A step-by-step guide to ensure your images are optimised for display and printing.
Photo Review tips section
Polarising filters should be one of the first tools in the camera bag for an outdoor photographer, as they suppress reflections and reduce the effect of atmospheric haze. Landscape photographers often fit polarisers to darken the sky and make white clouds more prominent. And they are also handy when you want to subdue glare from reflective surfaces like water and glass.
The equipment you choose will depend on how you approach street photography. If, like Henri Cartier-Bresson, you prefer keeping a low profile, you will tend to choose smaller, less conspicuous equipment. On the other hand, if you’re a confident photographer who is happy to engage with subjects (like Diane Arbus), the visibility of your equipment will be irrelevant. The following tips will guide you to the best types of gear for street photography, whichever of the approaches you take…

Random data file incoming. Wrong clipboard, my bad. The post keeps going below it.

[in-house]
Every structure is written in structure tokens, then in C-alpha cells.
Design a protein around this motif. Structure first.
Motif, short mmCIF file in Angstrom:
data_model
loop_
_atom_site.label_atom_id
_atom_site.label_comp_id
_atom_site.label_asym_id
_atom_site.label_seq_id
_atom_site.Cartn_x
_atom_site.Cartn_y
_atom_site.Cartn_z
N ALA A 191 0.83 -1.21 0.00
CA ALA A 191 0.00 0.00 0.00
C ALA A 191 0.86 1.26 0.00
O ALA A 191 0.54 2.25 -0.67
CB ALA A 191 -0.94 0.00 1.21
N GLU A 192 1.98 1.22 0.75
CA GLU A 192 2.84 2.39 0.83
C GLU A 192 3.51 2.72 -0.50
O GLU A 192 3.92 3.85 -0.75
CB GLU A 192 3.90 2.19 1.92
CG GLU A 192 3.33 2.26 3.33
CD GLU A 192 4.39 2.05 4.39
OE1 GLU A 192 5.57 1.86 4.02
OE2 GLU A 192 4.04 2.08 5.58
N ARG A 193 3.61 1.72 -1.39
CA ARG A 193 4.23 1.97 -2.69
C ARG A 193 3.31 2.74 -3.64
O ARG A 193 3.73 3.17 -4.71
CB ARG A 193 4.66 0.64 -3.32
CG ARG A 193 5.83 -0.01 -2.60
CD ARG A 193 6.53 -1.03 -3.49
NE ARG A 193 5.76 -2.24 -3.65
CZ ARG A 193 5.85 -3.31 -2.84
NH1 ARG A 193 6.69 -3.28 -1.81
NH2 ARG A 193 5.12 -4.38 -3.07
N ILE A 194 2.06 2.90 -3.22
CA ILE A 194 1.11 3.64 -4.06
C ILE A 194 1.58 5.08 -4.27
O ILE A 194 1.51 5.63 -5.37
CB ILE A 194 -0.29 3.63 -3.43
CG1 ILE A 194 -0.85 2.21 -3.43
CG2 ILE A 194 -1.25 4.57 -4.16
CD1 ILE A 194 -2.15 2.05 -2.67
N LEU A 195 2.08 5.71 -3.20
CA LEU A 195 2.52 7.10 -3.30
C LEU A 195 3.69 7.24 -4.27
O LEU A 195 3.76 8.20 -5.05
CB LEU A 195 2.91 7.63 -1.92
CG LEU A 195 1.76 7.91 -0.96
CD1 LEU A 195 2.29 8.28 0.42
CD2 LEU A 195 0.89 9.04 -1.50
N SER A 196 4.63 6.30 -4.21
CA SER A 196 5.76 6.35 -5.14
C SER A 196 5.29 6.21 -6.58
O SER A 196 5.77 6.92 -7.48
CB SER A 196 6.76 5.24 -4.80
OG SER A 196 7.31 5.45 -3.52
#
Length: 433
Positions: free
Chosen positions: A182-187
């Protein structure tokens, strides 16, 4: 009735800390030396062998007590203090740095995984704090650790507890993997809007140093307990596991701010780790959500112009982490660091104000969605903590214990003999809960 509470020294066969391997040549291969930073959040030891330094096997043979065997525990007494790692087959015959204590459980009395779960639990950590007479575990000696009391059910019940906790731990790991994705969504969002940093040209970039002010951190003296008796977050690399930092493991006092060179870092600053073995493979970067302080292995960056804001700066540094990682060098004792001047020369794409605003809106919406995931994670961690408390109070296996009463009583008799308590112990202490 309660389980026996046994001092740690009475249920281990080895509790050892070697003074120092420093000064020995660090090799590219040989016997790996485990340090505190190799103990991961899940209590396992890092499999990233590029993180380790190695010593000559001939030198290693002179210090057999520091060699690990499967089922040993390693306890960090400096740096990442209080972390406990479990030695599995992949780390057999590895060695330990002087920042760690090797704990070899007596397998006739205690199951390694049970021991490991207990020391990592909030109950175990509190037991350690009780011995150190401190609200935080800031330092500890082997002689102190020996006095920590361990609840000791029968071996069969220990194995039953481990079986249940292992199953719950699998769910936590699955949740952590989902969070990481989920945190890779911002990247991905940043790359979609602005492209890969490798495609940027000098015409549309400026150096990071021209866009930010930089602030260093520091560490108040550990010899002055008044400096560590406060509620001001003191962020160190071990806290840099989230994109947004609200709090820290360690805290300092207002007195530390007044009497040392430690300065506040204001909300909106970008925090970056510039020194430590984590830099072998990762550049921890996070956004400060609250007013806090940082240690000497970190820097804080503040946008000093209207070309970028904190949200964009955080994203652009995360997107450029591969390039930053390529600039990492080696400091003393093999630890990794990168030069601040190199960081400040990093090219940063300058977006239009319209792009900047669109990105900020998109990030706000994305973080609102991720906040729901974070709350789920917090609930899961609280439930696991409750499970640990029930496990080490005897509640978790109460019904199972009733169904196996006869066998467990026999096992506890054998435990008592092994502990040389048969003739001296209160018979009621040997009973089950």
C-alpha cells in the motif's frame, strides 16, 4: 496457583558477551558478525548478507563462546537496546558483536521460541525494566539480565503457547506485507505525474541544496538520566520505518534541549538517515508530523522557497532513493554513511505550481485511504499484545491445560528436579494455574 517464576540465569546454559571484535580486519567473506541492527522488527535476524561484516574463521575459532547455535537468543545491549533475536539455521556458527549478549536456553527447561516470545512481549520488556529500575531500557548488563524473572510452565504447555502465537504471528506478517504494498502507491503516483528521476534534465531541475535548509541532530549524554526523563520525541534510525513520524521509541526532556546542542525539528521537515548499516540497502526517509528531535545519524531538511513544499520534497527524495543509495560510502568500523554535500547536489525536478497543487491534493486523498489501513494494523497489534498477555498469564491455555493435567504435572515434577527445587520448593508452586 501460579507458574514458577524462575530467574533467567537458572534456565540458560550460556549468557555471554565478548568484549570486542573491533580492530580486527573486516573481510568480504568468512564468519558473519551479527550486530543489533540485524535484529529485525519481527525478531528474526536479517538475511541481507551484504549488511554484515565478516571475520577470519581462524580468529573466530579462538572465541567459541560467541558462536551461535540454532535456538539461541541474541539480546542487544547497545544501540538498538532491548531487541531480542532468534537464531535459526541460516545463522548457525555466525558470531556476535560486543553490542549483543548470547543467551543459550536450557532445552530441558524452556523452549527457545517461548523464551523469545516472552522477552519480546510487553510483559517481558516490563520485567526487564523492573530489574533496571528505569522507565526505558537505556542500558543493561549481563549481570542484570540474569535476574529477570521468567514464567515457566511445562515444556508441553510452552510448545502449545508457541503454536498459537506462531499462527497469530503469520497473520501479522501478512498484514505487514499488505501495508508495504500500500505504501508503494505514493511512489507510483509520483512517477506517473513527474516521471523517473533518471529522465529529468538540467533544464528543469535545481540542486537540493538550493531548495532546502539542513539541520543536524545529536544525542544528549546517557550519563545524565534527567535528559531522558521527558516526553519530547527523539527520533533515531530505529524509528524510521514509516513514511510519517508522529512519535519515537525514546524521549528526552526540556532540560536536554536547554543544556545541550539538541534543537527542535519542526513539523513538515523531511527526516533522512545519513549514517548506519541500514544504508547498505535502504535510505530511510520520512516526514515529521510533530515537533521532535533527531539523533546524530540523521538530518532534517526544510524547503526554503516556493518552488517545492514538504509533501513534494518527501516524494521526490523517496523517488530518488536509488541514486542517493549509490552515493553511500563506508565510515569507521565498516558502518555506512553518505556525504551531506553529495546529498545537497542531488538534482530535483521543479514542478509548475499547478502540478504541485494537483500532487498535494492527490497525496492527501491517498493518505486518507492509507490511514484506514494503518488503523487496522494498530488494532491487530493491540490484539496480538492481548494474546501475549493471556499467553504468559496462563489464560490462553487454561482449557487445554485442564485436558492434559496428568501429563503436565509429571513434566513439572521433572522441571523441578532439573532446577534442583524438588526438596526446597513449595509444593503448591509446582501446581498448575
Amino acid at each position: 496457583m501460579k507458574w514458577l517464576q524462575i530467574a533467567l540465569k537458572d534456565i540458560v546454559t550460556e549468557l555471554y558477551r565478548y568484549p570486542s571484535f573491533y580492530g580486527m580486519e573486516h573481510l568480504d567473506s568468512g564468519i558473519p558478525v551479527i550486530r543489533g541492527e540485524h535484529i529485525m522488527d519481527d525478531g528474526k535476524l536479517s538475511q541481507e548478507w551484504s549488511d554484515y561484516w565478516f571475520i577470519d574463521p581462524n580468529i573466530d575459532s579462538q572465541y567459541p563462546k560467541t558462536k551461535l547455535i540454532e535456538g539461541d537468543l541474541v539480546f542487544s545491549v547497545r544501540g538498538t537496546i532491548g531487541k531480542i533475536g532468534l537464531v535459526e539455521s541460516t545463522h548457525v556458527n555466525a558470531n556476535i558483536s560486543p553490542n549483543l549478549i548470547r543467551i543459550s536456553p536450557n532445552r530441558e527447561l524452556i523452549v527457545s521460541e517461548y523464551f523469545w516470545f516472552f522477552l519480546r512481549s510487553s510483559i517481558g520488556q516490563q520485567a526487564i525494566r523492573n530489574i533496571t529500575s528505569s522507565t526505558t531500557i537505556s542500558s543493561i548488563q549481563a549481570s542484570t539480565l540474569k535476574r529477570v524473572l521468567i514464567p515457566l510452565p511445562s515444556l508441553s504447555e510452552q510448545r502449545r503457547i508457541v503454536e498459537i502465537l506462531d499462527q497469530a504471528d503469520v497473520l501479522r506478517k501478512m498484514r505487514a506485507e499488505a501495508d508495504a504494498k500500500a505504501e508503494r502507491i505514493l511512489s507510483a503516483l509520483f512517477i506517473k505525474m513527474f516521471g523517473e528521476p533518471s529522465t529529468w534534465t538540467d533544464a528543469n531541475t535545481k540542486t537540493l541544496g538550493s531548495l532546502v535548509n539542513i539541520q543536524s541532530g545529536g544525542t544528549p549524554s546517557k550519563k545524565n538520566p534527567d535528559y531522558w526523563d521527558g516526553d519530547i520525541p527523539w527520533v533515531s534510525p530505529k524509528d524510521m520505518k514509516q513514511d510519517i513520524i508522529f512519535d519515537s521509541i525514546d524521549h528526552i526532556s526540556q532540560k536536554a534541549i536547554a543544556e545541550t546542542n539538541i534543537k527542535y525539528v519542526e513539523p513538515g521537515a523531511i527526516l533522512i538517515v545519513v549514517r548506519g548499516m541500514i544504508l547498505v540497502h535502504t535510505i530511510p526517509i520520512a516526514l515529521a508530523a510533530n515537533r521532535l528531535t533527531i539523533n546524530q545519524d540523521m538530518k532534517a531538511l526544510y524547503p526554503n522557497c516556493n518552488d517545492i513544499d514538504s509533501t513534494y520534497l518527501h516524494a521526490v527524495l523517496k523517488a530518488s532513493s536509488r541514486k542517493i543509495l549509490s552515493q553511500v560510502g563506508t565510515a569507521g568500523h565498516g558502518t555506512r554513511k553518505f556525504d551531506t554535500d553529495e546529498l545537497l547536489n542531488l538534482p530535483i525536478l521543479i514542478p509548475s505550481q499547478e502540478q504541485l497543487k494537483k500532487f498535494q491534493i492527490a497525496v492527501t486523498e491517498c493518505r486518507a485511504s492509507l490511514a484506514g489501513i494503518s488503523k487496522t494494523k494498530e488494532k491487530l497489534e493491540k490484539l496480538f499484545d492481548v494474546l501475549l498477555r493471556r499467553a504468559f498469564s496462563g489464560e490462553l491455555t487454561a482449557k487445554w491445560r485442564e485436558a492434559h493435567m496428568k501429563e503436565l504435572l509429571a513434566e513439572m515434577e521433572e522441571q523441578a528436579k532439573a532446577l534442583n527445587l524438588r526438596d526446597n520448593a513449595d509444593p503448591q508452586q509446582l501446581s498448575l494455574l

Tips and options for digitising your film and photographic prints…
They say the best camera is the one you have with you but could your smartphone ever replace a ‘proper’ camera?
Although anyone with a smart-phone can take candid pictures in public places, most of these photos are little more than snapshots and easily forgotten. True street photography requires a lot more than point-and-press picture-taking.
You’ve just returned from a stunning photo shoot and the images are safely captured on memory card. The most common next step in the life of digital image files is transfer to computer hard disk. This is where most images remain, and also where they are most vulnerable…
Photo Review Tech Editor Margaret Brown looks into the benefits and consequences of using focal length extenders.
Advice on selecting the best inkjet printing media.
Don’t discard your old lenses; adapters can enable you to use them on your latest camera, usually with worthwhile results.